Deadfall Hotel is a new original novel from Steve Rasnic Tem, beautifully illustrated, with bonus stories and an essay.
Publishers Weekly“No ordinary hotel” but more “a state of mind,” the eponymous setting for this haunting dark fantasy from horror eminence Tem (The Book of Days) provides the perfect backdrop for thoughtful ruminations on death and grieving. Richard Carter is still mourning the death of his beloved wife when he accepts a job as new caretaker at the Deadfall Hotel. Once Richard and his adolescent daughter are established there, it becomes clear that the hotel’s weird patrons and scary vermin are avatars of death that reflect Richard’s inability to accept Abby’s demise. Though Richard’s strange encounters unfold episodically, they build to a revelatory climax that Tem engineers perfectly. His interwoven reflections on the cathartic value of horror entertainments add considerably to the novel’s emotional impact. Gorey-like pen-and-ink illustrations by John Kenn Mortensen perfectly complement the text. Also included is the 1986 short story from which the novel grew. Agent: Robert Fleck, Professional Media Services. (Mar.)
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- 5.04(w) x 7.62(h) x 0.76(d)
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Deadfall Hotel based on 0 ratings. 4 reviews.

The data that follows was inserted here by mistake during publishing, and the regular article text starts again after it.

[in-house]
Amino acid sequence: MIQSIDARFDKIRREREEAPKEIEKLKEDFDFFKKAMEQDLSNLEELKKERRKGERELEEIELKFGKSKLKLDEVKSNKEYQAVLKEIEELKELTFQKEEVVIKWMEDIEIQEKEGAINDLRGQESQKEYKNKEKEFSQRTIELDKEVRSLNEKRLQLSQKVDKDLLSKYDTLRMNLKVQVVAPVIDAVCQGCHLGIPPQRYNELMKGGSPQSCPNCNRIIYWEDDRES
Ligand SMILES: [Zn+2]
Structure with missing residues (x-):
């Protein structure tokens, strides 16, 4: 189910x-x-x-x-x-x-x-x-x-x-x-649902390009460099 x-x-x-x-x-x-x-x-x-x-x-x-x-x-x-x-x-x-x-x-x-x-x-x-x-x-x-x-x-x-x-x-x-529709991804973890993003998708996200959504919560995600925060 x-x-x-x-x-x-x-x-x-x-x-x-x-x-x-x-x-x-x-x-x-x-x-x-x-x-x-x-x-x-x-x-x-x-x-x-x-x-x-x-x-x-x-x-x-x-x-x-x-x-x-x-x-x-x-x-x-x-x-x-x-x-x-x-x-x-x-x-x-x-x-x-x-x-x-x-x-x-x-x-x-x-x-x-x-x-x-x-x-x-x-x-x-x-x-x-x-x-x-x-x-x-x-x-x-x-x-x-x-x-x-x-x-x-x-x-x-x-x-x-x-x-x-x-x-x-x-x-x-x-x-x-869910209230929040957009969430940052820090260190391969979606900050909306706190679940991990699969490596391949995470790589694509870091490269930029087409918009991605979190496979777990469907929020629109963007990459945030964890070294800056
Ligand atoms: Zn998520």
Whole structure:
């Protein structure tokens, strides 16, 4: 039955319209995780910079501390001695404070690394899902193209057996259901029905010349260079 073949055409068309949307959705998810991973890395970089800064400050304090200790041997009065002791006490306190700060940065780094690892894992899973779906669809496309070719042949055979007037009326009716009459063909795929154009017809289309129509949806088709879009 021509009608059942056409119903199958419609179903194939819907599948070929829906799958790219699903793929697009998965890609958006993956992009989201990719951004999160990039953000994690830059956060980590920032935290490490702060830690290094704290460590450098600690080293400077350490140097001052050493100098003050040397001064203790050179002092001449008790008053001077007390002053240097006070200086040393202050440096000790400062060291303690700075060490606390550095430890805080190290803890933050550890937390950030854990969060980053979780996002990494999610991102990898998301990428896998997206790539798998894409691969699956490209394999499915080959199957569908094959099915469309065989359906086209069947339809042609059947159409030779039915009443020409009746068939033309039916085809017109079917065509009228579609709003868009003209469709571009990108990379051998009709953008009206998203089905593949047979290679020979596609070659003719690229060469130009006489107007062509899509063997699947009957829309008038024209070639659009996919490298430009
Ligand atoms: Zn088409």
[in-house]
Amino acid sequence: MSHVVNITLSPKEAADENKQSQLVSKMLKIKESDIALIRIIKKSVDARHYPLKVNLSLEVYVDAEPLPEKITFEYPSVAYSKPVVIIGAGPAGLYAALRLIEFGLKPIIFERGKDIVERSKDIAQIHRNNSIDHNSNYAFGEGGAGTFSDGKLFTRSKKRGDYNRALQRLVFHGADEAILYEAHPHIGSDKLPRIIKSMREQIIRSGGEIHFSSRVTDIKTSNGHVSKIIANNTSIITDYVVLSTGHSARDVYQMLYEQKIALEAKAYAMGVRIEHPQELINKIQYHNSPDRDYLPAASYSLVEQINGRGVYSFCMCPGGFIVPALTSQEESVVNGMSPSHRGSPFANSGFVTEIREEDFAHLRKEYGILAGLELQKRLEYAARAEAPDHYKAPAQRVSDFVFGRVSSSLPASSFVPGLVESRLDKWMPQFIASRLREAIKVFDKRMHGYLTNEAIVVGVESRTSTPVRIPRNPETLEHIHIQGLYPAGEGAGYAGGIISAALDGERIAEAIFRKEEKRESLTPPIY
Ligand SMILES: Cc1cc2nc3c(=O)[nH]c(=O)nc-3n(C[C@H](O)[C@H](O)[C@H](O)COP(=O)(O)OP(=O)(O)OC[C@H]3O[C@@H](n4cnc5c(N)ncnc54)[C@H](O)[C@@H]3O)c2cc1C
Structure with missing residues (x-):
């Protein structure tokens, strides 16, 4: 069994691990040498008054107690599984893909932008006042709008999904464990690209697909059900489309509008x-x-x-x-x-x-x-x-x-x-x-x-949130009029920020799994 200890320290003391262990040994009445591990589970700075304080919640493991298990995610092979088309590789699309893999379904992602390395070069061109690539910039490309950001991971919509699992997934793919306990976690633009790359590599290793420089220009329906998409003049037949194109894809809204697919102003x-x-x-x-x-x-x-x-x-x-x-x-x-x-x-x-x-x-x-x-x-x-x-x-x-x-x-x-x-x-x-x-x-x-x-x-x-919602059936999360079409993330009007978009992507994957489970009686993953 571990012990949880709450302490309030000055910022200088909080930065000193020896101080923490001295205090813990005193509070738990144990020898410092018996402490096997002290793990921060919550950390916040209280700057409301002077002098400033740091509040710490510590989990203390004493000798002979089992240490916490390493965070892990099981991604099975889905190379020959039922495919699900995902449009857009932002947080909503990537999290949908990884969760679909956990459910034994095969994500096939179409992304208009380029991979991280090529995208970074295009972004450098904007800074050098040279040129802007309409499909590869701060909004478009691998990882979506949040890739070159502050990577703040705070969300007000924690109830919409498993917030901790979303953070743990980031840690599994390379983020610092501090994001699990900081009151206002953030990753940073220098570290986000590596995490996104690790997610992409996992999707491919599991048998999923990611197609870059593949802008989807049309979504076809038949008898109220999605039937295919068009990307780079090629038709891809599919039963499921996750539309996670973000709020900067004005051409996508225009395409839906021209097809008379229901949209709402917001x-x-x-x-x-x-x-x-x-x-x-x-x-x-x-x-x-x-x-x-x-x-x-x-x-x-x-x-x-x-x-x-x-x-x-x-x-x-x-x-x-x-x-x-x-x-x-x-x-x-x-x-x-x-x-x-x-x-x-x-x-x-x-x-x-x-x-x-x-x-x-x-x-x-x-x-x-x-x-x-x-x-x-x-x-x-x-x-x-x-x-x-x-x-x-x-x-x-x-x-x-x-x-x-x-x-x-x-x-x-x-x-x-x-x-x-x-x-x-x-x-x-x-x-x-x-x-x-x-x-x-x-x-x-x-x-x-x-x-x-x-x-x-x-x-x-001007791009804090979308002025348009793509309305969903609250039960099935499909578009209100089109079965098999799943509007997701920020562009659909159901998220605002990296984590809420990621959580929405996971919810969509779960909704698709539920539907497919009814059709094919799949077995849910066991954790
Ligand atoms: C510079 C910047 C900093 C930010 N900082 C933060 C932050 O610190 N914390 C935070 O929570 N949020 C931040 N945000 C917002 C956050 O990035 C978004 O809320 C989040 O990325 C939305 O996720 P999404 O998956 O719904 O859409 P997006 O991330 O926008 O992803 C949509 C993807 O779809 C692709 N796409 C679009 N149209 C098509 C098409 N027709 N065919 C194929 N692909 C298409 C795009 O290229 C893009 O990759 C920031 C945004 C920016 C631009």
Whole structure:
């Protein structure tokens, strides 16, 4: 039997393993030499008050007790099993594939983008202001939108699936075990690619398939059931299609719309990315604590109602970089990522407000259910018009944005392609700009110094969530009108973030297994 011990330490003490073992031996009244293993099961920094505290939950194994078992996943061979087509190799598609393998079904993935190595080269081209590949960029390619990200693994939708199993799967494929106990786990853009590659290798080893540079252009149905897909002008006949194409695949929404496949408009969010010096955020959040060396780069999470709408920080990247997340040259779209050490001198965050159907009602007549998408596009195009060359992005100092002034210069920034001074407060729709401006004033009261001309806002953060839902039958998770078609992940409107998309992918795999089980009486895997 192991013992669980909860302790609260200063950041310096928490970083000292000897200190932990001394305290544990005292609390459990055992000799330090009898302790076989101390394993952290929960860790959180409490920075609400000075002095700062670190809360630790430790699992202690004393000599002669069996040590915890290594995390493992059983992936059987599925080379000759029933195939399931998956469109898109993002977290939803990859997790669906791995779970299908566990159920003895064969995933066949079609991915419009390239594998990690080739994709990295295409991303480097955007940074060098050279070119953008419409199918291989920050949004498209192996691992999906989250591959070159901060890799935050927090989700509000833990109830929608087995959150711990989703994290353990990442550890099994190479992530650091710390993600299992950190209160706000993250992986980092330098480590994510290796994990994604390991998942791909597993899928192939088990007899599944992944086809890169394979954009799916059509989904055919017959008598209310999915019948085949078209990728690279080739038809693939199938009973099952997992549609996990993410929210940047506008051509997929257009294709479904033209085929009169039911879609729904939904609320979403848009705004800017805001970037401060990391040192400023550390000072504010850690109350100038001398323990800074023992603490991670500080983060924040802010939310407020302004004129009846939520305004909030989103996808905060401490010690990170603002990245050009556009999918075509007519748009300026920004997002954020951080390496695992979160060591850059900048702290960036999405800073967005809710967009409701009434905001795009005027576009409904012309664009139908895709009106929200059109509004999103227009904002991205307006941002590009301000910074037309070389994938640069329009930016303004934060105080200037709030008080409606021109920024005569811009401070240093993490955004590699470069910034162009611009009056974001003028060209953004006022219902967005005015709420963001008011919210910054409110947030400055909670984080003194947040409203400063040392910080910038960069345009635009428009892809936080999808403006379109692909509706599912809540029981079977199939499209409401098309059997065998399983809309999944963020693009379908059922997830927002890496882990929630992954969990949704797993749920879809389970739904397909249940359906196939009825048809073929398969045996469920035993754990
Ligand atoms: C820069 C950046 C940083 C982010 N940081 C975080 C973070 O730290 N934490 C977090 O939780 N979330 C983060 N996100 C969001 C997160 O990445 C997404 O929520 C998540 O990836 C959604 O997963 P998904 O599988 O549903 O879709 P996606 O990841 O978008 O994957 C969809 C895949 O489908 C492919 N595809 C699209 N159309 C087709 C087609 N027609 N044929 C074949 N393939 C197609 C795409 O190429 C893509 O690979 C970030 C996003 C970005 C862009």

REVIEWED: Deadfall Hotel WRITTEN BY: Steve Rasnic Tem PUBLISHED: April, 2012 Deadfall Hotel is a rather sweet, at times sad, at times scary, novel which is more fantasy than horror. It includes the familiar monster tropes, but they are all fused with human pains, made believable in whatever condition ails the character, sending them to convalesce and, most likely, eventually perish in the namesake hotel. I wouldn’t call this book a “page-turner” as it is slow and sentimental, but that is what I enjoy about this author; he captures the subtleties of emotion – fear, sadness, hope – as masterfully as any “literary” writer, while at the same time building a compelling supernatural environment. A few of the sections seemed to go on for too long, such as the King of the Cats, while other sections, I wanted to learn more of, such as the actual history of the house, the pool that only occasionally appears, and the several of the other background “inhabitants” that make brief cameo appearances, but never again materialize. Deadfall Hotel is best read in a leisurely pace, ideally in a windowed nook with gloomy rain falling outside, and a nice mug of chamomile tea. Four and a quarter out of Five stars